Artist Ethan Jantzer creates photograms that take photography back to its roots. Moments of boredom while working at a photo lab led Ethan to experiment with raw film and lights and to hone a process he likens to creating a sunburn on film. Just about any object sparks his interest — fish, twine, grass — and he uses liquids such as Gatorade and Windex to achieve the colors he wants. Whether he’s creating a short movie or experimenting with subjects and techniques, Ethan loves the what-if hunt that keeps this art form fresh.
Goldfish photogram by Ethan Jantzer
How do you create your photograms, and how did you first come up with this idea?
The medium and basic process of creating an image without a camera dates back to the 1700s. The photogram is how photography began. The techniques I use to create my work is rather unique though and is something I’m always refining. The way a photogram is produced is best understood when you think of it as a sunburn on film. If you were to lay in the sun with a leaf on your back, at the end of the day you would have a sunburn in the shape of that leaf. I essentially do the same thing using large sheets of photographic film or paper.
Most people that study or have studied photography have created photograms. It’s often just a quick exercise used to illustrate how light-sensitive materials work. Years ago, I was working in a professional photo lab, and on my lunch hour I would sneak into a darkroom and mess around a bit. One day I started exposing raw sheets of film to various lights, creating small color studies of sorts. Those “Hey, I’m bored… what happens if I do this?” images quickly led to lots of experiments with sheet film and the basis of my unusual process.
In total darkness, I lay objects on top of or in front of large sheets of photographic film or paper. Once the composition is in place, I flash light through colored liquids like Gatorade or Windex. This burst of saturated colored light creates shadows that are captured on the film or paper. By combining multiple flashes of light from various angles, I am able to create unique photographic images. One thing I really like about the process is how it forces me to pay attention to subtle changes in an object’s form or texture. I guess the same could be said about the images. The lack of detail makes us address or at least acknowledge the often overlooked and subtle details.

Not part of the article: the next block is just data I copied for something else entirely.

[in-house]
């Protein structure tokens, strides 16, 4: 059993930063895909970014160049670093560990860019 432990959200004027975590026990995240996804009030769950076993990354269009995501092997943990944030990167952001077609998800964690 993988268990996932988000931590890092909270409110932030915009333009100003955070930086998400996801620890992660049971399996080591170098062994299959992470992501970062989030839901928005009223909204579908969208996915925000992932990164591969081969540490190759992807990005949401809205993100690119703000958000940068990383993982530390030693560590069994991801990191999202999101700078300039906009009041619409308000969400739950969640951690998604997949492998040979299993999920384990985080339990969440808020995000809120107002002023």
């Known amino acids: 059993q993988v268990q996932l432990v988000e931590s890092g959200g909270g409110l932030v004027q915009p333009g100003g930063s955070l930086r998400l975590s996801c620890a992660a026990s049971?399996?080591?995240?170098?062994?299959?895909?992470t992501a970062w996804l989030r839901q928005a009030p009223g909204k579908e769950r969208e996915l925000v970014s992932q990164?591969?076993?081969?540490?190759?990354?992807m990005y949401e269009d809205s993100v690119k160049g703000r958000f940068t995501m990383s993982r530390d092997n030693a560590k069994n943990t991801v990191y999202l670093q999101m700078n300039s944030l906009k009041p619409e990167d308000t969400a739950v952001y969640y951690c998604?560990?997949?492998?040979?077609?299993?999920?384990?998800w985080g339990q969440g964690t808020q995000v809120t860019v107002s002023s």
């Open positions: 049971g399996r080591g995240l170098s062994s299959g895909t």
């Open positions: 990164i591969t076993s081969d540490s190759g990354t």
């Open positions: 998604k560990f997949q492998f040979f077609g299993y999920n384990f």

Red poppies, photogram by Ethan Jantzer
Why Gatorade and Windex?
I was working on a project for the Sports Authority, creating some large pieces for the walls of their corporate offices. It was hot in the studio, and I was drinking a lot of Gatorade. For some reason, I decided to see what would happen if I flashed a light through the bottle, and I liked the image it created. Gatorade is perfect because it’s inexpensive and comes in a variety of colors. My studio has a big rack with bottle after bottle of all these different colored liquids. When I start a project, I create these various formulas for how I plan on creating the color in the piece. The formula is a specific combination and layout of flashes/exposures. Each flash passes through a specific liquid at a pre-determined distance and angle. Even after years of refining my process, I’m not always able to pre-determine the outcome. Some of my favorite works began as happy accidents. Working in the dark quickly leads to a more improvisational approach. That’s when it’s most fun to pick up the processed film — I never really know what I’m going to get!
Tall grass on red background, photogram by Ethan Jantzer
Tall grass photogram by Ethan Jantzer
What is your background in art? Did you start with traditional photography?